Specifies a normal vector for lighting calculations.
void n3f(Float32 vector  )
SUBROUTINE N3F(vector) REAL vector (3)
The n3f subroutine specifies the normal vector to be used for lighting calculations.
The passed parameter (vector) becomes the current normal and is used when the lighting algorithm is rerun for all subsequent vertices. It is not necessary to respecify a normal if it is unchanged. For example, a single call to the n3f subroutine is sufficient for a flat-shaded polygon. However, the n3f subroutine must be called before the first vertex subroutine.
Lighting calculations assume that the specified normal is of unit length, as shown in the following equation:
x2 + y2 + z2 = 1.0
If the normal does not equal 1.0, or if no lighting model is active, the results are unpredictable.
When called with unequal arguments, the scale subroutine or any other nonorthonomial transformation causes a matrix skew that is corrected by renormalizing every normal. Lighting performance is reduced in this event.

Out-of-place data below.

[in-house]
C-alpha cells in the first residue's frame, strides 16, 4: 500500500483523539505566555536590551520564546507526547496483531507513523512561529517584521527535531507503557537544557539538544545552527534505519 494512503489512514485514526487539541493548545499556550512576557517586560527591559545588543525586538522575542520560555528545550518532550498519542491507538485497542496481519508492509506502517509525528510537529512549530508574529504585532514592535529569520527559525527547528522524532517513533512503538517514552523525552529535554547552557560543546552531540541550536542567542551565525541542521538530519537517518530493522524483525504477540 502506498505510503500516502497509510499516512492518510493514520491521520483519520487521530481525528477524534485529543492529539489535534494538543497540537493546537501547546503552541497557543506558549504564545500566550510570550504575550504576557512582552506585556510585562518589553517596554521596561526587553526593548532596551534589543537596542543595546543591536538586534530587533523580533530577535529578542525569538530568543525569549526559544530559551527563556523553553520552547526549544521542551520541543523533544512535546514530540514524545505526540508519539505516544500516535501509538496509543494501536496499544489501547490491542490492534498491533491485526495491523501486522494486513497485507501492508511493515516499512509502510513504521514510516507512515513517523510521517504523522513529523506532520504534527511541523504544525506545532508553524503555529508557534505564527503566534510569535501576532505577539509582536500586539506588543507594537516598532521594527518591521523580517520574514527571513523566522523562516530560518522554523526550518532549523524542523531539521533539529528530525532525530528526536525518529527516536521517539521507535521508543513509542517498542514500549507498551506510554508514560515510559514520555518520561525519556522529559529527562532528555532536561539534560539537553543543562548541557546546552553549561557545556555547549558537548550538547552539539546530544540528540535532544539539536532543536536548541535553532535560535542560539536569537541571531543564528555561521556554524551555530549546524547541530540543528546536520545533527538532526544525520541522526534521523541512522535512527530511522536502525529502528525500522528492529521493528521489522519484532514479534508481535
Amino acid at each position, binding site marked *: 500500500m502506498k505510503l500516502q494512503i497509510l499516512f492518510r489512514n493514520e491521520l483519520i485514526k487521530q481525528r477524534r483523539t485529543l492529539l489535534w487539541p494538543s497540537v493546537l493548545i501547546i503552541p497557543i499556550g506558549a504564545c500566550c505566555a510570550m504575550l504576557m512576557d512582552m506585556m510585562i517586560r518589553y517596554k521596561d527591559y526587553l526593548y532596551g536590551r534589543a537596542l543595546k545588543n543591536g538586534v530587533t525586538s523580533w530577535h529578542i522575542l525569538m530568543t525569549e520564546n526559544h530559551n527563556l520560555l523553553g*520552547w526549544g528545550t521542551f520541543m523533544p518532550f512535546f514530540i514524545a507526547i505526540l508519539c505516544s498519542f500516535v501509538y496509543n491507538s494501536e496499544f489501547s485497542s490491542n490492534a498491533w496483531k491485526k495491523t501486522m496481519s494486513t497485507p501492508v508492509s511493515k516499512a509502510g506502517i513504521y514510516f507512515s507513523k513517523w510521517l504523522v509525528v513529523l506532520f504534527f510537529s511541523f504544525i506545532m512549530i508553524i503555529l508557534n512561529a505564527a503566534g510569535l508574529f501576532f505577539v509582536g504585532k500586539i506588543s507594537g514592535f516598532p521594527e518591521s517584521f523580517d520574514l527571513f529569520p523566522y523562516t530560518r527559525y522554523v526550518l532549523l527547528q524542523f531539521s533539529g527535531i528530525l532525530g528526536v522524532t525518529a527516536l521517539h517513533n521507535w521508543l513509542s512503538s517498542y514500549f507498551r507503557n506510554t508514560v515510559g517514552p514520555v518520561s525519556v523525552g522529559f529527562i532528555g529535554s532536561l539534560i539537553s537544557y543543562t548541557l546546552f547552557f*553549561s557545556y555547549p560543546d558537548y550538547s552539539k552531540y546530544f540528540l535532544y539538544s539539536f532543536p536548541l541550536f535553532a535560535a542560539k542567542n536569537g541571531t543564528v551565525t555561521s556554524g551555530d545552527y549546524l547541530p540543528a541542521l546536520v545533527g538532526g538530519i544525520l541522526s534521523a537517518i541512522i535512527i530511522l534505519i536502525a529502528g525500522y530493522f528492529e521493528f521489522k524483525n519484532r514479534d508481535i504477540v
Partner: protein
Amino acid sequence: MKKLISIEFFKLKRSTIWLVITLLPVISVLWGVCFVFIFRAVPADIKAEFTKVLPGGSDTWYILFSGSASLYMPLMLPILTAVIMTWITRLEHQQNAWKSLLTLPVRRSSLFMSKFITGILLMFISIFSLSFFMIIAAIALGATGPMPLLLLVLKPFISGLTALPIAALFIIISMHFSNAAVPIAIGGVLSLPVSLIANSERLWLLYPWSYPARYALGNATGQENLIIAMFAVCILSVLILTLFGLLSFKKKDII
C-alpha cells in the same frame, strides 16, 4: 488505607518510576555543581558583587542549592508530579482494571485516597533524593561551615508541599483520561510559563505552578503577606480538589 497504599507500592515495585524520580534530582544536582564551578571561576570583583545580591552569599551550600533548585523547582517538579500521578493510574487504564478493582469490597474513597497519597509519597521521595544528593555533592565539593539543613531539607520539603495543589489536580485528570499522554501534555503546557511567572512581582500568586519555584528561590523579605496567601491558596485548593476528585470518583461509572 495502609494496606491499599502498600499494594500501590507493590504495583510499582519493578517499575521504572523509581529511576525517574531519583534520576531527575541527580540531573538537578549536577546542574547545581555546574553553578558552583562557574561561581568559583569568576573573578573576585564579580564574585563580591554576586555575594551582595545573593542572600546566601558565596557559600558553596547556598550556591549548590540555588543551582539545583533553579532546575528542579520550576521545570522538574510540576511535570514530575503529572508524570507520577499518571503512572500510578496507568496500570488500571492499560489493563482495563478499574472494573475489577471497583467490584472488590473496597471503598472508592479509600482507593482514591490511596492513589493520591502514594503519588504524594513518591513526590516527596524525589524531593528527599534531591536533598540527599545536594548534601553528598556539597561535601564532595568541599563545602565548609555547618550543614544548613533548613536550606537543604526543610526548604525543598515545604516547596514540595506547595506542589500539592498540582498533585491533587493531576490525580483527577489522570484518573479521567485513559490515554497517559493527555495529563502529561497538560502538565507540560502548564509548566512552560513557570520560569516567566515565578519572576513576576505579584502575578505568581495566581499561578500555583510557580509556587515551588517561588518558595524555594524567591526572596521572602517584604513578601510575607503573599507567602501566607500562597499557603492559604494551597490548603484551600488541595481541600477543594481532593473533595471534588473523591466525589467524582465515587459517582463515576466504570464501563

The normal and n3f subroutines are the same in all respects.
|vector||Specifies the address of an array containing three floating point numbers. These numbers are used to set the value for the current vertex normal.|
| Vector components are:
The example C language program cylinder2.c calls the n3f subroutine between the bgnpolygon subroutine and the endpolygon subroutine to specify the normal vectors of a polygon.
This subroutine is part of GL in the AIXwindows Environment/6000 Version 1, Release 2 with AIXwindows/3D Feature.
|/usr/include/gl/gl.h||Contains C language constant and variable type definitions for GL.|
|/usr/include/gl/fgl.h||Contains FORTRAN constant and variable type definitions for GL.|
Binding a new material, light, or lighting model definition with the lmbind subroutine.
Defining a new material, light, or lighting model with the lmdef subroutine.
Specifying a current normal vector for lighting calculations with the normal subroutine.
AIX Graphics Library Overview, Creating Lighting Effects, Drawing with Begin-End Style Subroutines, and Understanding the Hardware Used by GL.